Our results show that a decadeslong effort to educate the U.S. public about recycling has succeeded in some ways but failed in others. These efforts have made recycling an option that consumers see as important – but to the detriment of more sustainable options. And it has not made people more effective recyclers.
Could there be another way to practice copyediting—less attached to precedent, less perseverating, and more eagerly transgressive; a practice that, to distinguish itself from the quietly violent tradition from which it arises, might not be called “copyediting” at all; a practice that would not only “permit” but amplify the potential for linguistic invention and preservation in any written work?
The toolkit presented here guides the policy maker through a
methodology that looks at Behaviours, Analysis, Strategies,
Interventions, and Change (abbreviated “BASIC”). It starts
with a BASIC guide that serves as an indispensable and
practical introduction to the BASIC manual.
But this deluge of information — in which you are naturally very invested — can also prove overwhelming and unhelpful. We’re big fans of brands like WHOOP and Oura, and regularly encourage readers to dig through Apple’s Health app…but you need to be honest with yourself.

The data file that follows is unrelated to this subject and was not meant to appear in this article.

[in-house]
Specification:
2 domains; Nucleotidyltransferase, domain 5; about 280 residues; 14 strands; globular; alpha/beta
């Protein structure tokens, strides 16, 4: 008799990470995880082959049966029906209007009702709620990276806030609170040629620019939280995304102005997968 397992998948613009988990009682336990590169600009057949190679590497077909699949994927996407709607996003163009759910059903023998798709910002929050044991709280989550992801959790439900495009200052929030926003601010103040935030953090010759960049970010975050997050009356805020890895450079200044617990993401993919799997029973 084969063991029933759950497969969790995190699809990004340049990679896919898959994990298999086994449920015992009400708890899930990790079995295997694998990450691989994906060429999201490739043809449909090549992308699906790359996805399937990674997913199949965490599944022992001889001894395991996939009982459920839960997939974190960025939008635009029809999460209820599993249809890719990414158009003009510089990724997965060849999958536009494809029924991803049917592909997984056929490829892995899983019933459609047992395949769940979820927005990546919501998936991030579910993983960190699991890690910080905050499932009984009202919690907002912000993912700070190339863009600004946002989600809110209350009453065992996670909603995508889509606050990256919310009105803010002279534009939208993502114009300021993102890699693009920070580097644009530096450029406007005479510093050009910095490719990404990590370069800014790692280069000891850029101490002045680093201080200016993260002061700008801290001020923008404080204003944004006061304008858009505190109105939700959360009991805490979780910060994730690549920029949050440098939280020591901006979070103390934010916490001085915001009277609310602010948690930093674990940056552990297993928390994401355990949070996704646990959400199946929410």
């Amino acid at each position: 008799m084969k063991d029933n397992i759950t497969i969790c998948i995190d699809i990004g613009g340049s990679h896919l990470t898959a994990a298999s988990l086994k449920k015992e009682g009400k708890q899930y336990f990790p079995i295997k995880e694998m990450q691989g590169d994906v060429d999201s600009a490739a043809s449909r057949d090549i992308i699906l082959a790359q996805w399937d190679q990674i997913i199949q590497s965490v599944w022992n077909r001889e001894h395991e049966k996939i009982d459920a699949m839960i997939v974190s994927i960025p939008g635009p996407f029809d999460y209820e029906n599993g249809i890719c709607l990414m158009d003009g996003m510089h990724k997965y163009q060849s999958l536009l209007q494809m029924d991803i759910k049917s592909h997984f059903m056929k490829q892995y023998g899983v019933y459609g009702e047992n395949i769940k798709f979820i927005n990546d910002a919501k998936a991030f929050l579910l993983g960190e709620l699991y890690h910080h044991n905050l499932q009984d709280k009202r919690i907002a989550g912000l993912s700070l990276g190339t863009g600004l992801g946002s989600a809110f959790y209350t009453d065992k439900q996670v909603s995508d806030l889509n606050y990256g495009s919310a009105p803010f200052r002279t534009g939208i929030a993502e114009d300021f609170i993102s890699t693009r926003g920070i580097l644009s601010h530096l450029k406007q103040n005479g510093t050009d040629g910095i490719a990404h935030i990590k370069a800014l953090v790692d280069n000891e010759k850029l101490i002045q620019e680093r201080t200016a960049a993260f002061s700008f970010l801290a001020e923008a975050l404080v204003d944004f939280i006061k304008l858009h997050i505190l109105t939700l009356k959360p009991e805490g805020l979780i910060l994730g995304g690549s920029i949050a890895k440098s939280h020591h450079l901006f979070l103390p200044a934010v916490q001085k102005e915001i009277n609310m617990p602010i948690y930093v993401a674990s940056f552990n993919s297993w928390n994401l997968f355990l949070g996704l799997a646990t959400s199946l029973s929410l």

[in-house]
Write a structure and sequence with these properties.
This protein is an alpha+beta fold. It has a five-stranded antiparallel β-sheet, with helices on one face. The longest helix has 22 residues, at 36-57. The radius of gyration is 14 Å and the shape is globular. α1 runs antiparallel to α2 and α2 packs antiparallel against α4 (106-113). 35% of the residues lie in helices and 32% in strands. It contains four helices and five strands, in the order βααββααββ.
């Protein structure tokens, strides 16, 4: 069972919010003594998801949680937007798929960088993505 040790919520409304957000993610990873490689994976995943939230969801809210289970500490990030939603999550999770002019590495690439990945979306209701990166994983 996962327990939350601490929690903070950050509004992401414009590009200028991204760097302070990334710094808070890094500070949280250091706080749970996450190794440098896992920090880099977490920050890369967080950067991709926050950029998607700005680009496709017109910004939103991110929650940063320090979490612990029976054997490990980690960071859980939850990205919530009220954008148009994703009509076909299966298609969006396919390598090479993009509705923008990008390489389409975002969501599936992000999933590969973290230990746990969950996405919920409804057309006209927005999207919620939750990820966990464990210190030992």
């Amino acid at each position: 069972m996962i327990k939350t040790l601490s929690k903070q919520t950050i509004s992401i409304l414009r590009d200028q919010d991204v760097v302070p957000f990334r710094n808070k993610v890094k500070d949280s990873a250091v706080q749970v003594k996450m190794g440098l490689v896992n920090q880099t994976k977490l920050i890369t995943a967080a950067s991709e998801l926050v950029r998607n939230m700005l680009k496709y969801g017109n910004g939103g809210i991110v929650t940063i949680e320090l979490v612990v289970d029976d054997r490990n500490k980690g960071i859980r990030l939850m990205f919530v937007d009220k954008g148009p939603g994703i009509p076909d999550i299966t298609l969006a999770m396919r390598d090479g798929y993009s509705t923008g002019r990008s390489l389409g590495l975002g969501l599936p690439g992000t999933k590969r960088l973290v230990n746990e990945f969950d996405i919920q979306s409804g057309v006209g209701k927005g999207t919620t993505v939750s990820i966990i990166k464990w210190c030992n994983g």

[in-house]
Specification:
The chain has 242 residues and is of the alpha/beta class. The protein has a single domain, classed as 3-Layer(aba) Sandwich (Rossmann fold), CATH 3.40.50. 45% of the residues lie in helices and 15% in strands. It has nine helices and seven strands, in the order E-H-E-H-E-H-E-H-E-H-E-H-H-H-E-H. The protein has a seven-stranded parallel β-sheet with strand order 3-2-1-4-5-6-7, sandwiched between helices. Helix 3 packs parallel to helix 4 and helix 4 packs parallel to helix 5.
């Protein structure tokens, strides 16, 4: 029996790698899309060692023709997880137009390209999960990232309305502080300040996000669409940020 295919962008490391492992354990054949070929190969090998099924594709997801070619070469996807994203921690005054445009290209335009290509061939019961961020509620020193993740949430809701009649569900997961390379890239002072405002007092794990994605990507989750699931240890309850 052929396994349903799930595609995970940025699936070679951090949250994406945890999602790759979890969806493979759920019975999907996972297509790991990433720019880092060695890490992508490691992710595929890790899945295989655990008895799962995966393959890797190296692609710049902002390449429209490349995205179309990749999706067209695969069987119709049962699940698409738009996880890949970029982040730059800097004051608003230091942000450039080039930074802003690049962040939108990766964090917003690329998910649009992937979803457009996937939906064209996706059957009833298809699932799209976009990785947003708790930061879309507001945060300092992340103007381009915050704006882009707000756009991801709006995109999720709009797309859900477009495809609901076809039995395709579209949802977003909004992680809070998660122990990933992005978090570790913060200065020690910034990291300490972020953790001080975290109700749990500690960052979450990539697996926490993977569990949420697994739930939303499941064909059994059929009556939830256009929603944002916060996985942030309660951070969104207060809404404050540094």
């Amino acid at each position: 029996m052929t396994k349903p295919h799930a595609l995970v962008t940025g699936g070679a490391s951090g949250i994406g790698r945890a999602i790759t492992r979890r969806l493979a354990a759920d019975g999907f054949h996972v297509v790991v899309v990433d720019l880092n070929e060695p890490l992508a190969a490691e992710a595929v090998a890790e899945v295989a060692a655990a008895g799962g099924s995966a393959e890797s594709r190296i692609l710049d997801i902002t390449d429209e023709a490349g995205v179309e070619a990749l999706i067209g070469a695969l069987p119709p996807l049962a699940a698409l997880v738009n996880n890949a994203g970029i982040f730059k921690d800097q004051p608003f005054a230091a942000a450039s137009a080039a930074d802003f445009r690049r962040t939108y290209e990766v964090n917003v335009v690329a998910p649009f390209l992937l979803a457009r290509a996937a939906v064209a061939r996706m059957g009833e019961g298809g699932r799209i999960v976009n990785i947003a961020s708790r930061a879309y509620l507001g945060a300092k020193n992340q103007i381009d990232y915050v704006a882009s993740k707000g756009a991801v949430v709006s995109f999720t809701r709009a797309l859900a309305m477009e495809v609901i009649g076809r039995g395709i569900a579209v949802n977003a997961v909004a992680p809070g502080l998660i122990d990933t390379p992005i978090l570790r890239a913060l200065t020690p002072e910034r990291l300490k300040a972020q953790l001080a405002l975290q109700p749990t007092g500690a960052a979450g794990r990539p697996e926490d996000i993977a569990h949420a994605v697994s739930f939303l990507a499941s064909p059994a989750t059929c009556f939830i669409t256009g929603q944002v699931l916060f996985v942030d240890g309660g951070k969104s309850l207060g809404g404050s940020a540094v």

If fitness tracking is psychologically increasing your feelings of inadequacy and physically increasing your perception of pain, it’s not worth it. At the least, it’s going to torpedo your performance (at work, in workouts, etc.)
The A/B test we carried out on Reddit provided valuable insights into the effectiveness of our AI vs team photographs. The results demonstrated that while AI-generated images attracted attention, our team photographs still had a significant impact on audience engagement and clicks.
To this end, we acknowledge the extant criticisms of social marketing – for being unethical (Laczniak & Michie, Citation1979), lacking reflexivity (Tadajewski & Brownlie, Citation2008), being power agnostic (Brace-Govan, Citation2015), being neoliberally oriented (Moor, Citation2011), being culturally insensitive and imperialist (Pfeiffer, Citation2004), being pseudo-participatory (Tadajewski et al., Citation2014) and for responsibilising the individual (Crawshaw, Citation2012). Accordingly, we recognise that social marketing needs the resources and repertoires available to appropriately respond to the current challenges and to critique. We argue that key pillars to this response are the adoption of a more critical research agenda (Gordon, Citation2018), a broader theoretical base, and a commitment to careful reflexivity, each of which are commitments of CSM. This special section of the Journal of Marketing Management on ‘Critical Social Marketing: Towards Emancipation’ provides the space to grapple with extant and emergent critique within the contextual challenges of our time, and to collectively contribute to the development of CSM and its future agenda.